Dear Moneyist, I have something to get off my chest. Please bear with me. We learned a lot from the (more than) two years of pandemic life. Among those lessons:
1. We can be really effective and productive working from home. 2. When working at home it’s easy to end up working constantly which can lead to burnout and worker dissatisfaction (hello, Great Resignation). 3. It’s important for workers to draw personal and professional boundaries. When I read this story about “quiet quitting,” I was struck by the way people who were interviewed were doing the things that we have been encouraged to do and have encouraged our employees to do: work reasonable hours, don’t work on vacation and strive for work/life balance. The featured “quiet quitters” had been experiencing serious physical and mental-health problems associated with their jobs, and now, after setting some boundaries, are overall happier and healthier people and effective employees. “I still work just as hard. I still get just as much accomplished. I just don’t stress and internally rip myself to shreds,” one said.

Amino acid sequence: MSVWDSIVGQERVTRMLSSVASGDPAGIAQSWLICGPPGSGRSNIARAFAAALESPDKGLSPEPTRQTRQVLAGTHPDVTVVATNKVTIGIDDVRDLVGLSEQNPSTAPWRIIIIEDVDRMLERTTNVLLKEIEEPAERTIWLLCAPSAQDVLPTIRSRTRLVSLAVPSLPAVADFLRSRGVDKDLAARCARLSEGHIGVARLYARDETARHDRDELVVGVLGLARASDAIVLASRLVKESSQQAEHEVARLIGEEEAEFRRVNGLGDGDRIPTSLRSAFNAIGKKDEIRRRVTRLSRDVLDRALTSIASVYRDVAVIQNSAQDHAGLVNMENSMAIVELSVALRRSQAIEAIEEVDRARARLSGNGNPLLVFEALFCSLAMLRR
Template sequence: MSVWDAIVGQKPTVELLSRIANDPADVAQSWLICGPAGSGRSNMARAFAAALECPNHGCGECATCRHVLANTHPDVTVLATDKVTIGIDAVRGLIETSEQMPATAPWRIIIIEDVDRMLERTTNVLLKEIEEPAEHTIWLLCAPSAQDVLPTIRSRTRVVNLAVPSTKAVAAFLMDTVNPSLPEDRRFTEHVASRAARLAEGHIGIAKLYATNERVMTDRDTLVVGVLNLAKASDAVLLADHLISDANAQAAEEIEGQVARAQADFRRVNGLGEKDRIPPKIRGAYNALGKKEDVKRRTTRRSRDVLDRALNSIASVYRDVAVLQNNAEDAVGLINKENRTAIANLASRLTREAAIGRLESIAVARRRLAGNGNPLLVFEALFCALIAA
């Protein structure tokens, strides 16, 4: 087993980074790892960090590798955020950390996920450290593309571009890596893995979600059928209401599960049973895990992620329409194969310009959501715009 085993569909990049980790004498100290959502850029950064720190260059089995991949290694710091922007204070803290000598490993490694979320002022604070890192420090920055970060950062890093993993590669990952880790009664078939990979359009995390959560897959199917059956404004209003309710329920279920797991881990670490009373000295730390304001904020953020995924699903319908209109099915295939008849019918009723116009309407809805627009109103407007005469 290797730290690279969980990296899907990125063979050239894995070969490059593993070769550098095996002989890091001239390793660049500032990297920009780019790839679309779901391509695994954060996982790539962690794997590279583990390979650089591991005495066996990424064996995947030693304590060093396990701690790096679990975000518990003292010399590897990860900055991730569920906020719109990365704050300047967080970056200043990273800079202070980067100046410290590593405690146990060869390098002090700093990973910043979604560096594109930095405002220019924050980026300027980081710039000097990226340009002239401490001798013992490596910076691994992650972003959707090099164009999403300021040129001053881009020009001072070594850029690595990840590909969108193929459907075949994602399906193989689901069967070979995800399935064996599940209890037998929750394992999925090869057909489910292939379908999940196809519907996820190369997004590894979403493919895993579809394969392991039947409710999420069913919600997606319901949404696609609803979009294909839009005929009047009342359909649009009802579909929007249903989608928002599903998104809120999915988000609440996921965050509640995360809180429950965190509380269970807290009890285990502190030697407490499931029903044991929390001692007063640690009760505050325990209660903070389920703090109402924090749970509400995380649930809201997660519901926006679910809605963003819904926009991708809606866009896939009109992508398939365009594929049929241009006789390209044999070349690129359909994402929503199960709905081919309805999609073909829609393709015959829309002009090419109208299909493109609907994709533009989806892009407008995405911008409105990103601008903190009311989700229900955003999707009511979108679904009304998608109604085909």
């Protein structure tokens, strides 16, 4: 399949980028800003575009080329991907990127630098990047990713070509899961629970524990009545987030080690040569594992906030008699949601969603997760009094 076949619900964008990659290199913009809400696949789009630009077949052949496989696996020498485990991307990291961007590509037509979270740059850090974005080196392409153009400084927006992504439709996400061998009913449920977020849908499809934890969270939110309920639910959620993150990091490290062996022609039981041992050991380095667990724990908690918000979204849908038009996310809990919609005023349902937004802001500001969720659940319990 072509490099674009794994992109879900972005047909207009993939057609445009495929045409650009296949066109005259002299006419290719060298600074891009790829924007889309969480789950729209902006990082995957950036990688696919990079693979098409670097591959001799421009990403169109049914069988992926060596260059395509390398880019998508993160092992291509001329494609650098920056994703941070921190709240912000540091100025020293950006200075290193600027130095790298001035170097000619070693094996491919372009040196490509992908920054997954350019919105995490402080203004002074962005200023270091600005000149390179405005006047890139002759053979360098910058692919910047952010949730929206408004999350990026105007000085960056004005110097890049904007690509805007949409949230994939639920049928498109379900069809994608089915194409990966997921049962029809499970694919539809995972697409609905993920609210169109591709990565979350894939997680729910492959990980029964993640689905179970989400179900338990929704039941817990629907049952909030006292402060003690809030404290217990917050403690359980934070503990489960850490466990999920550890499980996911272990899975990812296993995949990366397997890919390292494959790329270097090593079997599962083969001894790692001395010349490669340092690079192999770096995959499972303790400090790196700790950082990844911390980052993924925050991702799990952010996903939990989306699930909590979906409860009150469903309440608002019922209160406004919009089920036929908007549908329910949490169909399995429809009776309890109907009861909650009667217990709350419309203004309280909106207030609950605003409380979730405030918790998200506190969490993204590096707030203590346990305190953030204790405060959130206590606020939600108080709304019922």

“‘What is your take on quiet quitting? Are employees falling asleep on the job? Or are they doing something that they should have done a long time ago by putting their career in its proper place?”